Mist Harlow, wrapped in a cloak on ten red fox skins, from under
which she emerged swathed in black satin with a high-crowned veiled
hat. was a graceful answer to our ideas of a star. Surrounded by a
group of admirers, among whom were Baron "Keppy" Schell of the
Hungarian Legation and, the Marchess Capomazza, this diminutive
actress conferred her favors on ‘‘Pauldy," short for Leopold, Baron
Schell’s daschund, who went wild with delight, seemingly sensing that
he had the envy of the masculine contingent present. Turning our
attentions to Robert Taylor, just recovering from the flu, we found him
a delightful young man, whose Adonis-like attributes were accentuated
sartorially in the best Hollywood style ... a broad-shouldered plaid
gray suit, gray shirt and a black-and-orange tie. Since the latter are
the Fascisti colors, we wonder if this was a delicate attention to his host.
Among the lovely women to whom this new idol of the screen was
presented were Mme. Van Haersma de With, wife of the Netherlands
Minister; Mrs. Sidney Kent Legare, whose stunning hat might have
been fashioned from an ancient Persian tapestry; Mary Du Bost, in a
wine-color tailltur with blue accessories; Mrs. Victor Mallet and
Mrs. John Newbold. A tall young man with an attractive profile, whom
we all felt must be "‘some one,” proved to be Robert Taylor’s best
friend, one Don Milo, who had just come along “for the ride."
Another celebrity present was Edgar Hoover, head of the G-men, around
whom those present flocked, giving us a chance of talking with the "most
popular man in America,” while sitting on a comfortable sofa with Herbert
Scholz and Jacqueline Story, who came from Baltimore for the party. When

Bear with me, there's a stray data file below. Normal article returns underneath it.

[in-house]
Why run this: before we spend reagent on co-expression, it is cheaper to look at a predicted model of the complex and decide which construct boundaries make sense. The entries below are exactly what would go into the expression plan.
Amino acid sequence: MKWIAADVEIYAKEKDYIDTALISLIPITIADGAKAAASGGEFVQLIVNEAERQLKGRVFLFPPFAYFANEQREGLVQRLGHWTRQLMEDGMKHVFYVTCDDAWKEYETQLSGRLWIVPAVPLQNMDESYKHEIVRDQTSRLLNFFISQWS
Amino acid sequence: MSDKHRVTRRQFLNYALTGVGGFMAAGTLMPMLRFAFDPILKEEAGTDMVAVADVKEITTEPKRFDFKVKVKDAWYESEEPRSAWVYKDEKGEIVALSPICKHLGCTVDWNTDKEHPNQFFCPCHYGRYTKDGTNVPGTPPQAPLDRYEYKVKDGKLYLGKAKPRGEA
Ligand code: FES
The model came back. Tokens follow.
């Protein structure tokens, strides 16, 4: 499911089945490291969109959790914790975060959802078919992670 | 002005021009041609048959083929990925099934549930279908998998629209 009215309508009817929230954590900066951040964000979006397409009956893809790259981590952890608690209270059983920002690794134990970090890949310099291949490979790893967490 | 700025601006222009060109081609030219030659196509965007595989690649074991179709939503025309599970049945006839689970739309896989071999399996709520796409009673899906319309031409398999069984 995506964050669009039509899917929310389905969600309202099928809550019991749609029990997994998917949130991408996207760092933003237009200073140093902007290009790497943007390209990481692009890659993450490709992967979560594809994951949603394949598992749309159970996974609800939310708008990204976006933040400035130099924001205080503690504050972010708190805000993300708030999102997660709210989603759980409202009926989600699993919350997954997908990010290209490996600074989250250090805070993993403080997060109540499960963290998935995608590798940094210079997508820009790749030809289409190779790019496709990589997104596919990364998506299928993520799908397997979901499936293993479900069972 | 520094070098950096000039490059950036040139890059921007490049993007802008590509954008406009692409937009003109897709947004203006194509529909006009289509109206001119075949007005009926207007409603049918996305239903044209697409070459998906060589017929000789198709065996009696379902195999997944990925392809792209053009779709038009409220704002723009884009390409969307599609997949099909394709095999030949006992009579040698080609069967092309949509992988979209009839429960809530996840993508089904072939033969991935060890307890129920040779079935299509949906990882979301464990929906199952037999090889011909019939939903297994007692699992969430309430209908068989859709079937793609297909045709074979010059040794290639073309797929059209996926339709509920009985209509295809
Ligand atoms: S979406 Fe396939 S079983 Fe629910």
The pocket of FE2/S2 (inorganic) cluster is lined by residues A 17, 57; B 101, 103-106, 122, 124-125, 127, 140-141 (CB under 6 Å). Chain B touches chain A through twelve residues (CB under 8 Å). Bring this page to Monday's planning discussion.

offered a drink, Mr. Taylor declined, but accepted some tea doubtfully, confess
ing that he hadn’t had any in years! Skipping the weather, we discussed
sightseeing, learning that a visit up the Monument was planned, or at lea^t
hoped for, as this unspoiled favorite of millions unhesitatingly admitted that
he’d never had a chance to Cook’s Tour. "I was born in Nebraska and only left
to go to the West Coast. A visit to New York City eight months ago for two
days was my first trip, so I’ve never really been any place!”
Barely two years of moviedom has placed Robert Taylor at the
zenith, and to an observer, this great lover of the screen who so
passionately portrayed Armand in Dumas’ classic “Camille” is verily
an unspoiled college boy, upon whom fate has decreed that forever
after he must effect the profile pose and stick to his charming and
naive directness. Mousba, Capomazza’s Abyssinian valet, in a bright
red flannel jacket, who admitted the guests, caught Mr. Taylor’s fancy,
and when told by Nora de With that Mousba wears a turban while
serving dinner, expressed a desire to attend such a repast.
Shortly after Donna Matilde, wife of the Italian Ambassador, arrived,
came the photographers, followed by Mitzie Green, famous child actress, now
a possessed young lady In her teens, with a becoming golden Dutch "bob”
matching her Manchurian weasel coat. The guests of honor left with Mr.
Hoover in his armored car, accompanied by sirens and motor cycles. Robert
Taylor prayed that he was headed for a shave, for having been whisked from
the train to the party, he had not been given time. However, he realizes that
Washington accepts the lions of Hollywood, with or without their manes.
Representative Bloom
Chairman of Judges
For Gala Bal Boheme
pEPRESENTATIVE SOL BLOOM,
who has had a wide experience
in Important costume events in many
parts of the United States, and notably
in the Capital city during the Bi
centennial celebration, will be chair
man of the three judges of costumes
for the Bal Boheme Monday night
at the Mayflower. With Mrs. Eugene
Meyer and Miss Alice Clapp, who will
likewise act as judges at this colorful
event, he wiir enter the ball room
with the officers of the Arts Club and
officials of the bal at 11 o’clock, for
mally opening the bal, which will be
gin for general dancing at 10 o’clock.
Among those who may appear